For Immediate Release:
June 17, 2022
Megan Wiltsie 202-483-7382
New York – Ahead of the Westminster Kennel Club Dog Show, PETA sent a letter today to Show Chair David Helming calling on the American Kennel Club (AKC) to disqualify pugs, Pekinese, French bulldogs, and other brachycephalic breeds from the competition. The group points out that the AKC’s grotesque standards encourage breeding for physical deformities for vulnerable flat-faced dogs and cites a veterinary study that found that some of these breeds can no longer be classified as “normal dogs” due to their health irregularities and a recent court ruling in Norway that established a precedent for the recognition that these dogs suffer severely and should no longer be bred for humans to accumulate accolades.
“The AKC needs to answer for its role in creating scores of dogs who can’t chase a ball without wheezing for air,” says PETA Senior Vice President Daphna Nachminovitch. “PETA is calling on this organization to keep flat-faced breeds out of the Westminster Kennel Club Dog Show and encourages everyone to avoid this superficial breeding fiasco and adopt animals from shelters.”
A pack of PETA supporters will also gather at a busy intersection in downtown Tarrytown, New York, on Wednesday, the final day of the event, to urge organizers to keep flat-faced dogs off the podium and out of future competitions.
PETA—whose motto reads, in part, that “animals are not ours to abuse in any way”—opposes speciesism, a human-supremacist worldview. For more information, please visit PETA.org or follow the group on Twitter, Facebook, or Instagram.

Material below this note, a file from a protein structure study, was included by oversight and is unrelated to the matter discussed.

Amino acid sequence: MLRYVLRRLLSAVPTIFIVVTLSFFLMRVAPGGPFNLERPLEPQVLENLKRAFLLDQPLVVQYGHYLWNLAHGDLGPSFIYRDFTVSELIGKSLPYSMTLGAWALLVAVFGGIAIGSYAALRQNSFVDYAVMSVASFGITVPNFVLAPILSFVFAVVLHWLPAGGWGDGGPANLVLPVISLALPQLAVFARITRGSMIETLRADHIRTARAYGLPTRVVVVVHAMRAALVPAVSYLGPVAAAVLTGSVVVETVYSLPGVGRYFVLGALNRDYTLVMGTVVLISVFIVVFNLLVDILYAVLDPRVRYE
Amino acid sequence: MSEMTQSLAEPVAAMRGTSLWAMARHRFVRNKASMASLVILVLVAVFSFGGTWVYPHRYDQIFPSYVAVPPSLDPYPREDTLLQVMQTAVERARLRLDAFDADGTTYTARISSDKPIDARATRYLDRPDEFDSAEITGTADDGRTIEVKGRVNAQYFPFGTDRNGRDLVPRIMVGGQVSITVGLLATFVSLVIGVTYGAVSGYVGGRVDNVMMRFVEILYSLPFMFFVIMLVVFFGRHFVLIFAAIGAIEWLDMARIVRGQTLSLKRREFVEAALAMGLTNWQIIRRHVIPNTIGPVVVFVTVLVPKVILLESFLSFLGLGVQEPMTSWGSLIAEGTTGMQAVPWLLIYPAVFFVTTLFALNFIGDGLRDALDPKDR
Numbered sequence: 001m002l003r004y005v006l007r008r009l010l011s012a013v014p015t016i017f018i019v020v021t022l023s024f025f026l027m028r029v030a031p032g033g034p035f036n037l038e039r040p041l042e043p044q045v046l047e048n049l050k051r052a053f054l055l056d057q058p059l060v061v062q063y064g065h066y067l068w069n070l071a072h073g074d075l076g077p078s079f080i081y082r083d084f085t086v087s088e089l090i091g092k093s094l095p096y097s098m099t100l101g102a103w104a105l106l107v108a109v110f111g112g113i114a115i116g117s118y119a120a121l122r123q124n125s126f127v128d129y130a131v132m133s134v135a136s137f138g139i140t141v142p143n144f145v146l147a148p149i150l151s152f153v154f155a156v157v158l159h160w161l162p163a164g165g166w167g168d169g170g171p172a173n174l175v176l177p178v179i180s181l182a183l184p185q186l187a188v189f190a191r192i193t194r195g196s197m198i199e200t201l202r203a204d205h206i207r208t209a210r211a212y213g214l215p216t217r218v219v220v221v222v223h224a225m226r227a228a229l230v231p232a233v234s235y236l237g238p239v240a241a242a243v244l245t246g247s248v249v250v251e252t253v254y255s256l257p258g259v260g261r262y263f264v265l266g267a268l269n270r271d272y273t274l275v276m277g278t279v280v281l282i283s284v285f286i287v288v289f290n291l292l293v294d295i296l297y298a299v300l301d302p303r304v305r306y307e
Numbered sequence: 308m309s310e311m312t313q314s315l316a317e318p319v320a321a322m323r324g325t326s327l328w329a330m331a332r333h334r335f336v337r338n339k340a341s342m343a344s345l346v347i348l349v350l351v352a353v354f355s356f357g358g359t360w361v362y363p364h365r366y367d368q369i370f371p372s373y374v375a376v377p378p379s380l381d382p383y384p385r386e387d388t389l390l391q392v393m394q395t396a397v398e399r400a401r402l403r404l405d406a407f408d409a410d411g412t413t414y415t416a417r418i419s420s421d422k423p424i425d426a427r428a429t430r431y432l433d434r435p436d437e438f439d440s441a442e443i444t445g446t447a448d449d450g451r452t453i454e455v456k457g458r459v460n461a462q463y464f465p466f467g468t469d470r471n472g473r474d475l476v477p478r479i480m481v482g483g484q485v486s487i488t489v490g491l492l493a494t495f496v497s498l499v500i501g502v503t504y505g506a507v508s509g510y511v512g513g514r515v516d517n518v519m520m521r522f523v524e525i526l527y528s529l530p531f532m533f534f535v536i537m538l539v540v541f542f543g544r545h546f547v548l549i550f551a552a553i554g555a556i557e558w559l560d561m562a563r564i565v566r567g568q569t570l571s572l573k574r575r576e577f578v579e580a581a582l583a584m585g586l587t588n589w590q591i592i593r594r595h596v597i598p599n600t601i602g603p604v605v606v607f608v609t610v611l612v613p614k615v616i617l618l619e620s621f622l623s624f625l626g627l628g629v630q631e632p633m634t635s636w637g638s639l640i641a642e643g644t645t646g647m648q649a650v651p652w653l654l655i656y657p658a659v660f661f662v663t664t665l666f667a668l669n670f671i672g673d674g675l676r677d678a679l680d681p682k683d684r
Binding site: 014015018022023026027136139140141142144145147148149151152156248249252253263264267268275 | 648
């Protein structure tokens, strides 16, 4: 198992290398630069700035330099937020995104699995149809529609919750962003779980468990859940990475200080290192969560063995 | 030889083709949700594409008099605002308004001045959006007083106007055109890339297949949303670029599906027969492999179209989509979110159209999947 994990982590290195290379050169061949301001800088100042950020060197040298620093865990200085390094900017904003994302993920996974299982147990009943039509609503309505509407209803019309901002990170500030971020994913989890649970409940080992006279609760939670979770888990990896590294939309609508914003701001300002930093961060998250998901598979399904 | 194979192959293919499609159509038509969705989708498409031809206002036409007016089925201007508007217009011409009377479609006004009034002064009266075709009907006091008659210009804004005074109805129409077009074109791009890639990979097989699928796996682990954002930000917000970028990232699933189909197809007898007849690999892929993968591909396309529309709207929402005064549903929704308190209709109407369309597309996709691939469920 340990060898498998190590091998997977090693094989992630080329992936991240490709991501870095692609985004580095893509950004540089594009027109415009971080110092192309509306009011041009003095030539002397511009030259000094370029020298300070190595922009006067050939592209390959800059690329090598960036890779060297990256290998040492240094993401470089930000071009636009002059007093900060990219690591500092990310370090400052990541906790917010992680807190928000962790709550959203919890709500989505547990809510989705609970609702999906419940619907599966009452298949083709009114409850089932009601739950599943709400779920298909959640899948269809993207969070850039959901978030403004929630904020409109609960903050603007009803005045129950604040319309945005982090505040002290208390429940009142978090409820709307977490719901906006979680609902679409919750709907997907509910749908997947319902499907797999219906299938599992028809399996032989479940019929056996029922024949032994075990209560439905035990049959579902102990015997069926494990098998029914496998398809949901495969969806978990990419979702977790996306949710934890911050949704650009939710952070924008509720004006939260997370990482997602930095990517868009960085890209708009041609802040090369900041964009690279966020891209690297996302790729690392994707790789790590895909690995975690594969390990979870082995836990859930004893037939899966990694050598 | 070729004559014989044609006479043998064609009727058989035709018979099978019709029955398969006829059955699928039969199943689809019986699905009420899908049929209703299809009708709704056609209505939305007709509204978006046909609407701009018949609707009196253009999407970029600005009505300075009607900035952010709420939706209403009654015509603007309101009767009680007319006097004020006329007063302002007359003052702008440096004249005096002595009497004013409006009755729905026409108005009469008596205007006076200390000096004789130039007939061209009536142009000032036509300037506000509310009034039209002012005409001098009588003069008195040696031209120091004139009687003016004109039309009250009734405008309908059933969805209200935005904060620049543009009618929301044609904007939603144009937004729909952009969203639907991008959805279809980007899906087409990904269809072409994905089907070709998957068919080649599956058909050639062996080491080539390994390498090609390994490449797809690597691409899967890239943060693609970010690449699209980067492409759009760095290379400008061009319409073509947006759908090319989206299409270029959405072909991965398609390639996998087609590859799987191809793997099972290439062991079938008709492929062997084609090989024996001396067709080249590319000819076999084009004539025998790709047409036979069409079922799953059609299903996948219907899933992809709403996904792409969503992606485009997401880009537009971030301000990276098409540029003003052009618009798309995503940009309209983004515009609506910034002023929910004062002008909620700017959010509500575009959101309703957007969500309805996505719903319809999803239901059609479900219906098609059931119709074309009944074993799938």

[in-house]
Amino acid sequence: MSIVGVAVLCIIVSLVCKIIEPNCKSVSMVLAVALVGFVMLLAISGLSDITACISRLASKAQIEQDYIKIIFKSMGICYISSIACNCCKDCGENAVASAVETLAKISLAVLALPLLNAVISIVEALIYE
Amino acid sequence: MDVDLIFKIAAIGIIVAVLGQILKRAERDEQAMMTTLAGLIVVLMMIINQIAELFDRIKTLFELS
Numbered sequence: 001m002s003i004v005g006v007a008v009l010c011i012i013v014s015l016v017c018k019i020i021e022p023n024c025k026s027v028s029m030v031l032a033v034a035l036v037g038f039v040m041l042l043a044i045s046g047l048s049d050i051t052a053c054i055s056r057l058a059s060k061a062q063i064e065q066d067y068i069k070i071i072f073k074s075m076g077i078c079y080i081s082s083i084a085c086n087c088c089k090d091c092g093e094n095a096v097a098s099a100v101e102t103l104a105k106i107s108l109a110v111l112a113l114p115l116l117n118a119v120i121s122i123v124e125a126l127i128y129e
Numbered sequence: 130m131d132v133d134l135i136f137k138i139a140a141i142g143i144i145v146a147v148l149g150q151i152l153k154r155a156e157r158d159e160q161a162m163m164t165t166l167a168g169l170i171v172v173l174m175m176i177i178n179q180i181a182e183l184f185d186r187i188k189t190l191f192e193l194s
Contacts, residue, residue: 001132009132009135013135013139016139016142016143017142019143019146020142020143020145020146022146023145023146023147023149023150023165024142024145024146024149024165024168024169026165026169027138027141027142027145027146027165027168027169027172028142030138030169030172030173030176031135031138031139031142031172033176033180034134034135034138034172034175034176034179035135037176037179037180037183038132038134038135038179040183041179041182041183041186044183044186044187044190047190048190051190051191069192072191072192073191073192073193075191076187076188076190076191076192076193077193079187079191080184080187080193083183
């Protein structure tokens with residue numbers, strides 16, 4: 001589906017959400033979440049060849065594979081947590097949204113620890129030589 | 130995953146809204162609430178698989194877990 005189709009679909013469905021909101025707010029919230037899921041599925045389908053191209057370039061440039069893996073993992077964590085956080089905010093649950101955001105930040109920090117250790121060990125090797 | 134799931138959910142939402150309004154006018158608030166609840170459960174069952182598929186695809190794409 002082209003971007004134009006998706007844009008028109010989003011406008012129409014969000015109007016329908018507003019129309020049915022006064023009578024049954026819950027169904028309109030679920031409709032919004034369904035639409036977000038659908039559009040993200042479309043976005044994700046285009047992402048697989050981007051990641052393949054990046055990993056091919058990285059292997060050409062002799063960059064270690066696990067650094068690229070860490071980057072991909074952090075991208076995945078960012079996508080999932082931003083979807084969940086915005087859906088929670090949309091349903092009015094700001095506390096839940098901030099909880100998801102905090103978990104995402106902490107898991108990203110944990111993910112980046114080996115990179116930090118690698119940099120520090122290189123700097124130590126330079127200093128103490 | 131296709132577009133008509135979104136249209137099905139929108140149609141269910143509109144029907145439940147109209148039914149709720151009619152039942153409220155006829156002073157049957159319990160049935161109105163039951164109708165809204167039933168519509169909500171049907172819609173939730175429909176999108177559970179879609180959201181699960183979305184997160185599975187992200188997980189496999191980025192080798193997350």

PETA’s letter to Helming follows.
June 17, 2022
David A. Helming
Westminster Kennel Club
111 Broadway, Ste. 805
New York, NY 10006
Dear Mr. Helming:
I’m writing to request that you remove brachycephalic breeds, including but not limited to pugs, Pekingese, English bulldogs, French bulldogs, and Cavalier King Charles spaniels, from the 2022 Westminster Kennel Club Dog Show.
Many bulldogs, pugs, Pekingese, and other flat-faced breeds can barely breathe—let alone go for a walk or chase a ball—without gasping for air, because they have been bred to have unnaturally shortened airways. This unnatural process results in enormous suffering, hefty veterinary bills, and heartbreak for dog guardians, as you must know.
A recent study conducted by the Royal Veterinary College found that “the Pug has now diverged to such an extent from mainstream dog breeds that it can no longer be considered as a typical dog from a health perspective.” Dr. Dan G. O’Neill, lead author of the study, concluded, “It is time now that we focus on the health of the dog rather than the whims of the owner.”
Earlier this year, a court in Norway ruled that the breeding of brachycephalic dogs is cruel and results in human-created health problems. Following the ruling, veterinarian Dr. Scott Miller said, “All kennel clubs have to take responsibility that they set those breeding standards, and those standards have become so insane that these dogs are struggling. They’re in pain, they’re uncomfortable and in a lot of cases, they need surgical correction to be normal.”
Of course, adopting a homeless dog is far more considerate than breeding a new dog. But removing breeds prone to deformity and suffering from this highly publicized event is the least that the Westminster Kennel Club could do. We ask for your consideration, for dogs’ sake.
Very truly yours,